Hong Kong is an international metropolis in Asia and an important port for international trade. Hong Kong has an excellent legal foundation, a strict rule of law, and a strict judicial justice that is trusted by the world.
In addition to the above-mentioned main reasons, Hong Kong’s sea, land and air transportation facilities are perfect, the international information circulation network is developed, and the financial and banking services are diversified and excellent. All these reasons made Hong Kong become an international commercial, trade and financial hub. Besides, the cost of operating a business and setting up a company in Hong Kong is low, and the procedures are simple and convenient. People from all over the world (including natural persons and corporate legal persons) can register in Hong Kong to develop and operate international businesses in Hong Kong.
1. Hong Kong’s Tax System
Hong Kong’s tax system is simple, and the tax rate is low. In addition, Hong Kong adopts a territorial basis for taxing profits derived from a trade, profession, or business carried on in Hong Kong. Profits Tax is only charged on profits which arise in or are derived from Hong Kong. In simple terms, this means that a Hong Kong registered company derives profits from another place outside Hong Kong is not required to pay tax in Hong Kong on those profits.
The Hong Kong tax system facilitates the entry of any international person (natural person or corporate legal person) into Hong Kong and conducts all legal international trade and commercial activities in an offshore manner. The income from offshore operations is not subject to Hong Kong profits tax.
The Hong Kong tax law has always allowed Hong Kong companies to operate on offshore operation business model. However, the Hong Kong Inland Revenue Department will carefully and rigorously review offshore tax exemption applications to prevent tax evasion.
2. Conditions for Applying for Offshore Profits Tax Exemption
Based on the inductive analysis of the Hong Kong tax laws, the Departmental Interpretation and Practice Notes issued by the Hong Kong Inland Revenue Department and the historical cases of the courts, Hong Kong companies applying for offshore profits tax exemption must meet the following operating conditions:
(1) The company does not have any office, business premises or business establishment in Hong Kong (excluding registered address);
(2) The company’s central management and control, including the board of directors, are based outside Hong Kong;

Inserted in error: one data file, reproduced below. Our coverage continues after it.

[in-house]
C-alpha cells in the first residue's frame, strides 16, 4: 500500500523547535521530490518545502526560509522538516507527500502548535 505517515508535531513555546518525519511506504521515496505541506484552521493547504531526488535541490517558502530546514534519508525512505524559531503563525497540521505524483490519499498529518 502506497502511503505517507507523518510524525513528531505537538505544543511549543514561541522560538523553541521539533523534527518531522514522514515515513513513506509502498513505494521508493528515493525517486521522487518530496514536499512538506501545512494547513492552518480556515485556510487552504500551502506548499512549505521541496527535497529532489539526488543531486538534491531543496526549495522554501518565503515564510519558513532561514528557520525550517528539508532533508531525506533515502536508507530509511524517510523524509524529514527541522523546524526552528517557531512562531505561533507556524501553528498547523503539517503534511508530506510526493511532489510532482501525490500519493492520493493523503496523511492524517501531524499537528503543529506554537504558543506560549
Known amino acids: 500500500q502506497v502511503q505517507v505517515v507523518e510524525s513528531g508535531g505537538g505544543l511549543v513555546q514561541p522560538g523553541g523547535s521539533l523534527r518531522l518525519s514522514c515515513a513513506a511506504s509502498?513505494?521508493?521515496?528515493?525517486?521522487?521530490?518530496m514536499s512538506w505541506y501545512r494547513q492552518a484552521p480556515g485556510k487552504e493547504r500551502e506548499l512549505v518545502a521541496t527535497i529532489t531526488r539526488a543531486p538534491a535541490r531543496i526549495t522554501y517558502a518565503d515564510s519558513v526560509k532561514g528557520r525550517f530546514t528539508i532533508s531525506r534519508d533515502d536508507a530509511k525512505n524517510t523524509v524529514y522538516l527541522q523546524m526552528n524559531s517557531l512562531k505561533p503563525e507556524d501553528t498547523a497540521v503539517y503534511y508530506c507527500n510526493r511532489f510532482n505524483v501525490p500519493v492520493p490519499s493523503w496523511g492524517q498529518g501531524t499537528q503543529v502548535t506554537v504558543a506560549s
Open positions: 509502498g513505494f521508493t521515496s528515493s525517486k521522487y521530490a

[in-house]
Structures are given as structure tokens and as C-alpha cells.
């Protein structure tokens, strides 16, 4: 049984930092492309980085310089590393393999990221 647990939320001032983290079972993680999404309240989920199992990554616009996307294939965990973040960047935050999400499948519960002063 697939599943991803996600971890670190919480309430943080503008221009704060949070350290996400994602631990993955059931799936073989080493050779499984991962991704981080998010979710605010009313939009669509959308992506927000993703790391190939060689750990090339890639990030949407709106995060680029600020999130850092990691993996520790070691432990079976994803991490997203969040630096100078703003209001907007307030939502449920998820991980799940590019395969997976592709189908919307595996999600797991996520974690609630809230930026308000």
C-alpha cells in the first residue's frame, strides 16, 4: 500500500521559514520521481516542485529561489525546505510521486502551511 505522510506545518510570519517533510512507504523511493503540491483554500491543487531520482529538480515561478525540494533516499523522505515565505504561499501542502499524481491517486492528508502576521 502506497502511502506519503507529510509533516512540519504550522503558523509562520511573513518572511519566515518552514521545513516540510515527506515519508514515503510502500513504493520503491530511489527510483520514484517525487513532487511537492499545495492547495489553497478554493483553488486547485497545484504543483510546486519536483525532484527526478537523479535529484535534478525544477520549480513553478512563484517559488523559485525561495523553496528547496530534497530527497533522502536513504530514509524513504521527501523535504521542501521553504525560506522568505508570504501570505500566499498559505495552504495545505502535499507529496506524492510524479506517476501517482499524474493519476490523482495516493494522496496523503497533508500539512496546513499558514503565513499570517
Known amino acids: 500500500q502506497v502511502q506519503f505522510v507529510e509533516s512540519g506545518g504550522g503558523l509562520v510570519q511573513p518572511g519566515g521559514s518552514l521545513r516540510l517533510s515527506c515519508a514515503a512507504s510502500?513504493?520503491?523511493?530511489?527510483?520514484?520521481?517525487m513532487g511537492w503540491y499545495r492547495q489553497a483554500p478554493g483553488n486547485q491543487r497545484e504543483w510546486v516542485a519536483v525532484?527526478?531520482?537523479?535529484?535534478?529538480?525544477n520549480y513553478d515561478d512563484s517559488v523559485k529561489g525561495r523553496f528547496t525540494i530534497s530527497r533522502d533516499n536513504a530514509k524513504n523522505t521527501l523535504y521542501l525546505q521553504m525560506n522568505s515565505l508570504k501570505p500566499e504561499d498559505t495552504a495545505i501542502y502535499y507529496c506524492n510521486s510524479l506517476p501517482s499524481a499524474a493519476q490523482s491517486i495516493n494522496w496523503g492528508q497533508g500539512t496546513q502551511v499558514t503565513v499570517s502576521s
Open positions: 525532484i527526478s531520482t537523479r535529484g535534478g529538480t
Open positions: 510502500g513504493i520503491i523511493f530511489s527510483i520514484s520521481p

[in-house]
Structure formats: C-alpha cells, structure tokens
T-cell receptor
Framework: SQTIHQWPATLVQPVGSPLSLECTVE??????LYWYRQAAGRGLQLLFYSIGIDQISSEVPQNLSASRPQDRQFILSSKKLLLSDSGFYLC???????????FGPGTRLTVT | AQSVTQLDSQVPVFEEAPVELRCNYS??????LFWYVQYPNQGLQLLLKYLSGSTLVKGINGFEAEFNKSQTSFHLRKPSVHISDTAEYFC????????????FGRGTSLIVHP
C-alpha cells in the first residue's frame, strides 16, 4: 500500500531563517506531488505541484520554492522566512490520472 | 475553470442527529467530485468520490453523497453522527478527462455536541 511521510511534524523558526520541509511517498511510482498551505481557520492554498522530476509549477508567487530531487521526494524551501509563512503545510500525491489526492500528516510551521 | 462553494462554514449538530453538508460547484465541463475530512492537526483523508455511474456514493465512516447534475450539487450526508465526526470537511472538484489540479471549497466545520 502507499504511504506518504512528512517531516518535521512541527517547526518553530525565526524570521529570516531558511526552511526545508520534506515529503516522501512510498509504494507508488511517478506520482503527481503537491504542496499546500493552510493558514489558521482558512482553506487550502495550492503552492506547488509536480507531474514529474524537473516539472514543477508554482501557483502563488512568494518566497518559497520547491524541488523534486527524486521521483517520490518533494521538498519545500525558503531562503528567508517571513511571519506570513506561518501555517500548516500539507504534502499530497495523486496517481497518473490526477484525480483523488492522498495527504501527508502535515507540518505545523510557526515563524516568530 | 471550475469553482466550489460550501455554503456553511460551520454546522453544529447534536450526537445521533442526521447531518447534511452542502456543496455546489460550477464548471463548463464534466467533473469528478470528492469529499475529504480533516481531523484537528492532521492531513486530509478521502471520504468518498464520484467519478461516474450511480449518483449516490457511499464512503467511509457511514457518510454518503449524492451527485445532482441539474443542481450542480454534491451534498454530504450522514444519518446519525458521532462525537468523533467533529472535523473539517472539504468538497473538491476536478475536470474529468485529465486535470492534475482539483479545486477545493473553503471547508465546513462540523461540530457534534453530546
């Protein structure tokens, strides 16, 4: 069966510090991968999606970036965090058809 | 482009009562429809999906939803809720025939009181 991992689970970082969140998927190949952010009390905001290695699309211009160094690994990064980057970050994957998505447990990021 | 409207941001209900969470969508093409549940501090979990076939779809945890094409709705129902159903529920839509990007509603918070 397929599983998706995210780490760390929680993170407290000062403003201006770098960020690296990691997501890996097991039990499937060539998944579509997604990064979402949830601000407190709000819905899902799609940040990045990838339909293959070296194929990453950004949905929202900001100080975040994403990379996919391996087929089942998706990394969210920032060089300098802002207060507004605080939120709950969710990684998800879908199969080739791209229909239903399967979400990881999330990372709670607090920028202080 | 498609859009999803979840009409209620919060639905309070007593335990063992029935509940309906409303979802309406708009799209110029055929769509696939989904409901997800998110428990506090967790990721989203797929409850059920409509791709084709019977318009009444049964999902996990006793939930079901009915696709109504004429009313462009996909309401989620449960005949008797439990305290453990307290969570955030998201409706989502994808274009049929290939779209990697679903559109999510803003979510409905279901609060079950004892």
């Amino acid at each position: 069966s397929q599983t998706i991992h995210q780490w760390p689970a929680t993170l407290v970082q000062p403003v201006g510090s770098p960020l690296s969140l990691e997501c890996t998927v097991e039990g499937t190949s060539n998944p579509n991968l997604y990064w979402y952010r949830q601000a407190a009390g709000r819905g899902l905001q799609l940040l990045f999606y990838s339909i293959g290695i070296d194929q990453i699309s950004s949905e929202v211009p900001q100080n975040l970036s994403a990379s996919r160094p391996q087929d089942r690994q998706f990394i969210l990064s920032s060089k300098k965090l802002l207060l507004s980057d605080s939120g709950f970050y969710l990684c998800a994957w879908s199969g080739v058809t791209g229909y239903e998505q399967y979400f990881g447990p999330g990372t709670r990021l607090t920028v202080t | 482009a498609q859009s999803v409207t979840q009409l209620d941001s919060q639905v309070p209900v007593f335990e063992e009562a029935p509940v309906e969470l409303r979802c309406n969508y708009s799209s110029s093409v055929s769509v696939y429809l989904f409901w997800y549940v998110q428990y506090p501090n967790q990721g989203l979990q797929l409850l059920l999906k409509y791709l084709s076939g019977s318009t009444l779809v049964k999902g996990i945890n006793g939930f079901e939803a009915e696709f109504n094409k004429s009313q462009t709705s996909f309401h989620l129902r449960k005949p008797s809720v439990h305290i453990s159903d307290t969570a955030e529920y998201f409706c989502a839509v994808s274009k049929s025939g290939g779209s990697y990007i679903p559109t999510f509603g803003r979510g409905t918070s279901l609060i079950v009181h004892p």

(3) All commercial activities of the company are conducted outside Hong Kong, including all sales and purchase documents are prepared outside Hong Kong;
(4) No business negotiation and no business contracts are executed and effected in Hong Kong;
(5) The company does not operate a warehouse in Hong Kong to store the company’s products; and,
(6) The company does not employ any staff or engage any agent to carry out any business activities or conduct business in Hong Kong.
If the company’s mode of operation fully meets the above conditions, then the company can consider applying for offshore profits tax exemption. Under this offshore mode of operation, even if the company has business dealings or transactions with Hong Kong suppliers and Hong Kong customers, as long as the transactions are not negotiated and the relevant transactional documents are not prepared or signed in Hong Kong and the transactions will be concluded only through letter or email overseas, then the income from these transactions will not affect the company’s plan for offshore tax exemption claim.
3. Hong Kong and Other Tax Jurisdictions with Double Taxation Agreements
In recent years, Hong Kong has entered into Comprehensive Double Taxation Agreements / Arrangement (DTAs) with several tax jurisdictions. DTAs can reduce or eliminate double taxation arising from overlapping taxation rights on natural persons or corporate legal persons from different tax jurisdictions.
Currently, countries that have signed DTA with Hong Kong include Mainland China, Belgium, Luxembourg, Thailand and Vietnam. Hong Kong is also currently negotiating agreements with several countries, including Cambodia, Cyprus, Germany and Norway.
Companies must pay special attention to two Articles of the DTA: [Permanent Establishment] and [Exchange of Information]. First, companies need to be aware of the definition of a permanent establishment in the relevant Article, because if an enterprise of a contracting party carries on business in the other contracting party through a permanent establishment situated therein, its profits may be taxed in the other contracting party, but only so much of them as is attributable to that permanent establishment. The term of the [Exchange of Information] indicates that the competent authorities of both contracting parties shall exchange such information as is necessary for carrying out the provisions of the DTA or of the domestic laws of both contracting parties concerning taxes covered by the DTA insofar as the taxation thereunder is not contrary to the DTA and, in particular, information for the prevention of fiscal evasion.